The method of this invention can be carried out at any point following tube-collapse and before wind-up if an out-of-line process is being employed for subsequen-t bag formation - or alternatively, with an in-line process for bag formation, at the point following tube collapse but prior to any process and operations being employed for individual bag formation. To -this end, one or more laser beams may be positioned in the extrusion system to project a laser beam at th~ point or points where it is desired to slit/seal the larger tube into two or more smaller tubes, at which point the two smaller tubes are separated from the larger tube and subsequently utilized in the manner described above. In a typical blown tube process, following tube extrusion and cooling of the molten tube into a solidified tube, a pair of nip rolls collapse the blown tube into a lay-flat condition and it is following -this point -that the laser beam may be applied to the larger diameter -tube.

The process is applicable to numerous -types of filln material including, for example, high and low density poly-ethylene conventionally used in bag forming operations. Other material which may be treated by the method of this invention includes nylon, polyester, etc.
A modification of the above method, in an in-line or out-of-li~e operation, is to take polyethylene or the lile film, e.g., high density polyethylene material, and to use a laser beam to slit (only) the film which is in a single layer into sheets of a desired width and/or length. One particular application of this embodiment involves the formation of food wrapping sheets, such as is employed in hamburger wrappin~ sheets. In this embodiment, film is produced by the blown tube process into a single sheet of larger width and thereafter, the film is slit axially or transversely into sheets of a si7e sufficient for wrapping food. Typical dimensions of such sheets may be 6 x 6 inches or 8 x 8 inches and may be made of high density polyethylene material. Thus, a lasexbeam may be employed to slit, withou-t sealing (since there is only a single ply of material) and again, the varia~l~S
disclosed above with respect -to controlling the temperat-ure of the beam at the surface of the material would be most desirably employed so as to avoid any beading at the edges o~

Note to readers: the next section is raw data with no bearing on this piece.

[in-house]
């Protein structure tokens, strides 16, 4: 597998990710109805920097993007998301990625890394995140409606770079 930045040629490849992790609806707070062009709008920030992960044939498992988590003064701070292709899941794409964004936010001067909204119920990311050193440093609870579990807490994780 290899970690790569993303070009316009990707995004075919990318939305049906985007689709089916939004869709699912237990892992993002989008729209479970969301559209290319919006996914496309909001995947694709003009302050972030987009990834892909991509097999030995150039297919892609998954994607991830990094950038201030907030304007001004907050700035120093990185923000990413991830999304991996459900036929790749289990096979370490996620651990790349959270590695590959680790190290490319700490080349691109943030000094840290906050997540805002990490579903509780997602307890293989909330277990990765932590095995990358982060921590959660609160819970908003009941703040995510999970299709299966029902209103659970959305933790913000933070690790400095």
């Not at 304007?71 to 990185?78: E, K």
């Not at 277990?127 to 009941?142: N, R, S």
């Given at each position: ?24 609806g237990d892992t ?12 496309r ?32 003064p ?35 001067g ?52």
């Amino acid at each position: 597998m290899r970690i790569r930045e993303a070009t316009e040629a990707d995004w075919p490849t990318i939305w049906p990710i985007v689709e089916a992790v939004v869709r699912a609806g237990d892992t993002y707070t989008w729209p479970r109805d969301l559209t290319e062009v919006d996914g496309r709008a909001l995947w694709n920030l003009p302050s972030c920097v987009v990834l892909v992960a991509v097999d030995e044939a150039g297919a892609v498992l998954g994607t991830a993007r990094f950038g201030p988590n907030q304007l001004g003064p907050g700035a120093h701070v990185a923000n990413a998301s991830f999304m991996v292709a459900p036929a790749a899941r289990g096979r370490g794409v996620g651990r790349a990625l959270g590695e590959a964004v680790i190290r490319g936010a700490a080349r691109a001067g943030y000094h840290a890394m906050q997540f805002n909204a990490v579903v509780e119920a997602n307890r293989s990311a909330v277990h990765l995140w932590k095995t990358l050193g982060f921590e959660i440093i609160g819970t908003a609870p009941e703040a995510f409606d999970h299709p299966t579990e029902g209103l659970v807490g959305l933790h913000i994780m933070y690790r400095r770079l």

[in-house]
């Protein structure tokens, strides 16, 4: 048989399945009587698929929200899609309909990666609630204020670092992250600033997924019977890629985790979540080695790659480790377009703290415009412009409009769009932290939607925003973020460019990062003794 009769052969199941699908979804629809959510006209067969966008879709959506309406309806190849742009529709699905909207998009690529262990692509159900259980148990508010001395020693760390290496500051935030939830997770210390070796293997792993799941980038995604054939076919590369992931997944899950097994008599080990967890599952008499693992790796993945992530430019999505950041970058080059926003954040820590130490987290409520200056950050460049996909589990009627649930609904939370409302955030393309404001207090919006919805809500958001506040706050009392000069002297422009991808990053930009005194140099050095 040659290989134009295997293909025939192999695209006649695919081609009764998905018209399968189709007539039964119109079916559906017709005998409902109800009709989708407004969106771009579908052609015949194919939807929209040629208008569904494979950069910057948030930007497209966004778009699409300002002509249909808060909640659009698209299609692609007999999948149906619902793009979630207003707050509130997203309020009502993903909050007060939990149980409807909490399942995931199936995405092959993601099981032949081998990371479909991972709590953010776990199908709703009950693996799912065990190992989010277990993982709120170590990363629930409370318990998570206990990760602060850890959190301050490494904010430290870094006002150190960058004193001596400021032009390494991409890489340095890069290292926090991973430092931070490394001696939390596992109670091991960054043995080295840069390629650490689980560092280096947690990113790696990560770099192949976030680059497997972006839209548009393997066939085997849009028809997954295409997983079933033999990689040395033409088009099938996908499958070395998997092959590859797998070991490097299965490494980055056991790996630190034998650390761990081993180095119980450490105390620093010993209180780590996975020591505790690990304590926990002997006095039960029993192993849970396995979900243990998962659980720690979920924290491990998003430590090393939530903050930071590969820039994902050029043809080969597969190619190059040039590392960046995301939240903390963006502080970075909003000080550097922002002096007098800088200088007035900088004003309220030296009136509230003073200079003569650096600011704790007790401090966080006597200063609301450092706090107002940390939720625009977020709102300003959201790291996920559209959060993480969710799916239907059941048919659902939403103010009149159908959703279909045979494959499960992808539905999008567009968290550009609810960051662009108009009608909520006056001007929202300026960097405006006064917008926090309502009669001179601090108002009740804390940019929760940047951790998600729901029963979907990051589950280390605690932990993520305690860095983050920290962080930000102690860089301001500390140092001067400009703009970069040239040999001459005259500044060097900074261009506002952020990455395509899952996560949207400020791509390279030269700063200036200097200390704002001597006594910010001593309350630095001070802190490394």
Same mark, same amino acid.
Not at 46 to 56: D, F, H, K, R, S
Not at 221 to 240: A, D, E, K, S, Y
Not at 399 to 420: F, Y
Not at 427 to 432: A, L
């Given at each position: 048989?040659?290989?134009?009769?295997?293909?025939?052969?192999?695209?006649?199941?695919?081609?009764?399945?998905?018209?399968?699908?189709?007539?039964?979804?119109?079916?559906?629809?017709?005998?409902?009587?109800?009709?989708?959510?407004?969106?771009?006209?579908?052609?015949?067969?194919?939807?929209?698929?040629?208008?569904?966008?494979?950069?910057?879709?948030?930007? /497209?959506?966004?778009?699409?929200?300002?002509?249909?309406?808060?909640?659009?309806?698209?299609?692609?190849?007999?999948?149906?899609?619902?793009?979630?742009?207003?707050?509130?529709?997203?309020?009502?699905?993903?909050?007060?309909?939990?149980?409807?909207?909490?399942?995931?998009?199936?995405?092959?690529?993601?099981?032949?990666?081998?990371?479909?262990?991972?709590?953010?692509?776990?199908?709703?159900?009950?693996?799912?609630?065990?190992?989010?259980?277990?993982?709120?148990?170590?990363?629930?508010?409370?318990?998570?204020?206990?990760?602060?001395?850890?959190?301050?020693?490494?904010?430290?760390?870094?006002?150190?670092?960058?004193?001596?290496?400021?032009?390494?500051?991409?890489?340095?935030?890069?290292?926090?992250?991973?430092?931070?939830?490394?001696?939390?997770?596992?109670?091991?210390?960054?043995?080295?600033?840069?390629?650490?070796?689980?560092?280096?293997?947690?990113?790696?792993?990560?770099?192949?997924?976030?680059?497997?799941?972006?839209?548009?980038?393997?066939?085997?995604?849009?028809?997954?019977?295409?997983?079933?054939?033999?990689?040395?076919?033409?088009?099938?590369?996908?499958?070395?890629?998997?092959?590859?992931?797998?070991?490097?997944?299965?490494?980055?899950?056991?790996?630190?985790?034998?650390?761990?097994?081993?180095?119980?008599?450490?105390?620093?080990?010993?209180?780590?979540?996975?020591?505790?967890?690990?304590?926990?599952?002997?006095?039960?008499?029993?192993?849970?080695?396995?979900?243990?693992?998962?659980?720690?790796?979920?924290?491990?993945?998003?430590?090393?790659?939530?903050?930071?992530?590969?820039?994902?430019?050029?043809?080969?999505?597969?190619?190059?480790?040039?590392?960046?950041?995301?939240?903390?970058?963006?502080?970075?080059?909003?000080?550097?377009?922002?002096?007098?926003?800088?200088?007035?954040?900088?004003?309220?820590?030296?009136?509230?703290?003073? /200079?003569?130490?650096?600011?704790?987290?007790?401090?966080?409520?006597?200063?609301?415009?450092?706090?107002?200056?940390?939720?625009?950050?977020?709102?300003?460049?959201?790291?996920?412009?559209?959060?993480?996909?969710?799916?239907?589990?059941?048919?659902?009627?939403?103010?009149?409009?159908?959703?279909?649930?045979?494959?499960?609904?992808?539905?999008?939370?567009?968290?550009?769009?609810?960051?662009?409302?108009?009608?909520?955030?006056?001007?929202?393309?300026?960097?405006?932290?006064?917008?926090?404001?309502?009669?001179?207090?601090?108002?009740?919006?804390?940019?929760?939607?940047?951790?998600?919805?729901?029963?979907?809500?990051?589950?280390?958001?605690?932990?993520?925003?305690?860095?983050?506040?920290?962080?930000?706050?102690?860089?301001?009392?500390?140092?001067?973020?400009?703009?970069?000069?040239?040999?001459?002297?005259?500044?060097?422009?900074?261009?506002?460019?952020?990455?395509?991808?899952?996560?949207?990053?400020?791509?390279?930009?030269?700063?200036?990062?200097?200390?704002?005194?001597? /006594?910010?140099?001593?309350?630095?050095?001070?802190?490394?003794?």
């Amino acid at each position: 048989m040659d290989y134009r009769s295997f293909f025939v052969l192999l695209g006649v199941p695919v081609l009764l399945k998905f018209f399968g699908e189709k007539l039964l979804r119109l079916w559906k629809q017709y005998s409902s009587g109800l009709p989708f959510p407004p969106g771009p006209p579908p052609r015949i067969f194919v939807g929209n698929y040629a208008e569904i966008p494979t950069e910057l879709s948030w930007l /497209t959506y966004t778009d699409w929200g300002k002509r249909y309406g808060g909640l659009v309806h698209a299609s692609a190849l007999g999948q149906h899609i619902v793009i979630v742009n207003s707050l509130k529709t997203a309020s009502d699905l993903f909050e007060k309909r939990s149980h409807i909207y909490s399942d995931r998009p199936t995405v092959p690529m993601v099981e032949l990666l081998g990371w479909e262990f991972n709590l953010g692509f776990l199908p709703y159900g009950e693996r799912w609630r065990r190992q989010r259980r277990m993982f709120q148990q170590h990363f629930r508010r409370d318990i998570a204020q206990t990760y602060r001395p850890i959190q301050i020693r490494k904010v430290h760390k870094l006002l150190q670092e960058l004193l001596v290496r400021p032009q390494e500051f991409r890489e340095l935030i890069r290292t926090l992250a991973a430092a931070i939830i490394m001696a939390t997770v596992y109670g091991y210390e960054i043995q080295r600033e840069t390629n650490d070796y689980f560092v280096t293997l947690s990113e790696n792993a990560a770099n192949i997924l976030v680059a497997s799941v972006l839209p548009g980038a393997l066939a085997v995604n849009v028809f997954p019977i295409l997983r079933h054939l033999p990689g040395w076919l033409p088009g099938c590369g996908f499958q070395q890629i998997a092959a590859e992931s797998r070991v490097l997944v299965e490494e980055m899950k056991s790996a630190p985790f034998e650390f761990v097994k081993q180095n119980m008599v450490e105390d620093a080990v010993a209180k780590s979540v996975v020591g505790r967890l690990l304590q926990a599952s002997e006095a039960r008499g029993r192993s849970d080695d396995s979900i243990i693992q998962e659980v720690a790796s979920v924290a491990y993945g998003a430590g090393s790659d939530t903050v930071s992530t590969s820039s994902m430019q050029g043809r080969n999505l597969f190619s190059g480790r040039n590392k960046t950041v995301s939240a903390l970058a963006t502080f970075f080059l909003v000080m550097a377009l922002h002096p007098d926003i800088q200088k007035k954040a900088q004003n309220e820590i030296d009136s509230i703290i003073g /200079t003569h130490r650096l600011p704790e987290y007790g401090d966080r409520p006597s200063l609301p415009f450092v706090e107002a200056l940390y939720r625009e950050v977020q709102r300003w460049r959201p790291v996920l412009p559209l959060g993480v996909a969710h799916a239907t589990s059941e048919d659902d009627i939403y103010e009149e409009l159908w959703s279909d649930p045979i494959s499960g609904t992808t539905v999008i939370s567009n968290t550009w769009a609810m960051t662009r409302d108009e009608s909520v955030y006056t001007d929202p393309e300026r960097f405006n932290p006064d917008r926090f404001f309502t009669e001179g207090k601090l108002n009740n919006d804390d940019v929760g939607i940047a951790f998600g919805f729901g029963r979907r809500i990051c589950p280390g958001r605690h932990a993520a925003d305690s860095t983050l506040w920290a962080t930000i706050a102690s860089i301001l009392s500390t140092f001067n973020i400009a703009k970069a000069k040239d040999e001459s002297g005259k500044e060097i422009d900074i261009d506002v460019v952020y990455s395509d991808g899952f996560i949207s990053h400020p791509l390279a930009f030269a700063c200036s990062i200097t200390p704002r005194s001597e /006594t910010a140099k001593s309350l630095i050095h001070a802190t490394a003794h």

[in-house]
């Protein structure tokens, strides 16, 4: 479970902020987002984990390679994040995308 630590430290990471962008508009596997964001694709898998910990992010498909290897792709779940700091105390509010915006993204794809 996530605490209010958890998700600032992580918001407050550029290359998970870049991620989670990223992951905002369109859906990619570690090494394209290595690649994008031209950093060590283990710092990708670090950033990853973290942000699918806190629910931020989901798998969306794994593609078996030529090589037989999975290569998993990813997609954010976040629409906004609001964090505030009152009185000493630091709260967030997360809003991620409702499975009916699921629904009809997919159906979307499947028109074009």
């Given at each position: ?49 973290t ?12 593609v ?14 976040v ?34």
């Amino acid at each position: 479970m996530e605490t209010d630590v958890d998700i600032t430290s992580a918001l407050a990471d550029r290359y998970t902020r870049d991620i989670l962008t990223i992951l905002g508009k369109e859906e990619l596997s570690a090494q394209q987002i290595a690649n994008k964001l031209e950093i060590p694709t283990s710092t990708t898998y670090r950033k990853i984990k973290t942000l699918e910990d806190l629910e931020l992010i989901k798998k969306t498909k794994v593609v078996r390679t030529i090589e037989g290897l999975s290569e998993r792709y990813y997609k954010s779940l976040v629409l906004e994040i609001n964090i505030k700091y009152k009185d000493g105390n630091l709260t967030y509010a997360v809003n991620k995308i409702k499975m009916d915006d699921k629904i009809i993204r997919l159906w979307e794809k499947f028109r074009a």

the ~ilm ma-terial.

' In a still further embodiment of the present invention, it has also been found that -the laser beam may be utilized -to form microporous or micro-vented sheet material in an in-line process. ~o this end, an arrangemént similar to that described above may be employed whereby a pulsing laser beam may be employed to project the laser beam onto the flattened tubing and to produce minute apertures or holes in the material. By way of ex~lanatioll, ., ~.
many types of consumer products formed from resins such as polyethylene and which are in the form of bags, require apertures or holes in them to permit loading of a commodity into the bag (so that the air can evacuate from the bag).
Examples of such products are bags which con-tain vegetable~s t or shrink packages, etc. Up until now, lengths of tubing are normally formed in which the bag is either subsequently treated with a punch press or the like to create the apertures in the tubing lengths, either in a separate operation or during the process of printing the bags where the roll of film material is unwound.
By employing the further embodiment oE this invention, a laser beam may be utilized, by pulsing the beam, to create apertures in the tube after formation of the tube and preferably following collapsing of the tube by the aforementioned nip rolls. In this manner, a very simple and direct method of forming apertures or microporous holes in the film is obtained.

It will be understood that various modifications ca be made to the above described embodiments without depar-tin~J
from the spirit and scope of the invention defined herein.

. ~ _ _ . . ..... .. _ . .... . . . _ _ _ _

Claims (11)

The embodiments of the invention in which an exclu-sive property or privilege is claimed are defined as follows:
1. A method of slitting plastic material comprising the steps of providing said plastic material to be slit, and slit-ting said plastic material with a beam generated by a laser in which the beam intensity is such that the temperature of the beam at the surface of the film is at a point sufficient to raise the enthalpy of the material to the transition point be-tween the molten and solid states of said material.
2. A method of forming two or more smaller sheets of plastic material from a larger single sheet of said material comprising the steps of providing said larger single sheet of plastic material, and slitting said sheet with a beam generated by a laser while controlling the temperature of the beam at the surface of the material to raise the enthalpy of the material to the transition point temperature between the molten and solid states of the material.
3. A method as defined in claim 2 wherein the beam of the laser is controlled so as to provide a temperature of the material up to a point of not more than 25% greater than the final transition point temperature of said material.
4. A method as defined in claim 2 wherein the beam of the laser is controlled so that the temperature of the beam at the surface of the film is at a point sufficient only to raise the enthalpy of the material to the transition point be-tween the molten and solid states of said material.